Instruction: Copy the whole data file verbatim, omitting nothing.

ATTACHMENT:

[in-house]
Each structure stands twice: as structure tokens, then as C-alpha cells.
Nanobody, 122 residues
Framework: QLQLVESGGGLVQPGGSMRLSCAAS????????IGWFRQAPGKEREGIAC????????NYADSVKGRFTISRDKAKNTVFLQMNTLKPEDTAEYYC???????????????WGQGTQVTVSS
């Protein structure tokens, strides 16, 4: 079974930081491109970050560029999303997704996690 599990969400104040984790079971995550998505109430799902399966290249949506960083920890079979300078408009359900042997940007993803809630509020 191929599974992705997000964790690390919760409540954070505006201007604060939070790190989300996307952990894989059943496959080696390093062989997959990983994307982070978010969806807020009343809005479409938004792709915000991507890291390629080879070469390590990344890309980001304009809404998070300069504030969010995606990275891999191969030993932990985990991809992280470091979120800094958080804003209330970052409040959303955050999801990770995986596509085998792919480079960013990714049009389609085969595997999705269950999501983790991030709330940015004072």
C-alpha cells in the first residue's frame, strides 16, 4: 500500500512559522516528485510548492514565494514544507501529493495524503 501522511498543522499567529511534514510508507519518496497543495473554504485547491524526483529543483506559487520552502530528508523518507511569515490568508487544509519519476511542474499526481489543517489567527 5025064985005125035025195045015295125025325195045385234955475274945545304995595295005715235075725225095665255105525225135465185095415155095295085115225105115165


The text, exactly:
[in-house]
Each structure stands twice: as structure tokens, then as C-alpha cells.
Nanobody, 122 residues
Framework: QLQLVESGGGLVQPGGSMRLSCAAS????????IGWFRQAPGKEREGIAC????????NYADSVKGRFTISRDKAKNTVFLQMNTLKPEDTAEYYC???????????????WGQGTQVTVSS
């Protein structure tokens, strides 16, 4: 079974930081491109970050560029999303997704996690 599990969400104040984790079971995550998505109430799902399966290249949506960083920890079979300078408009359900042997940007993803809630509020 191929599974992705997000964790690390919760409540954070505006201007604060939070790190989300996307952990894989059943496959080696390093062989997959990983994307982070978010969806807020009343809005479409938004792709915000991507890291390629080879070469390590990344890309980001304009809404998070300069504030969010995606990275891999191969030993932990985990991809992280470091979120800094958080804003209330970052409040959303955050999801990770995986596509085998792919480079960013990714049009389609085969595997999705269950999501983790991030709330940015004072």
C-alpha cells in the first residue's frame, strides 16, 4: 500500500512559522516528485510548492514565494514544507501529493495524503 501522511498543522499567529511534514510508507519518496497543495473554504485547491524526483529543483506559487520552502530528508523518507511569515490568508487544509519519476511542474499526481489543517489567527 5025064985005125035025195045015295125025325195045385234955475274945545304995595295005715235075725225095665255105525225135465185095415155095295085115225105115165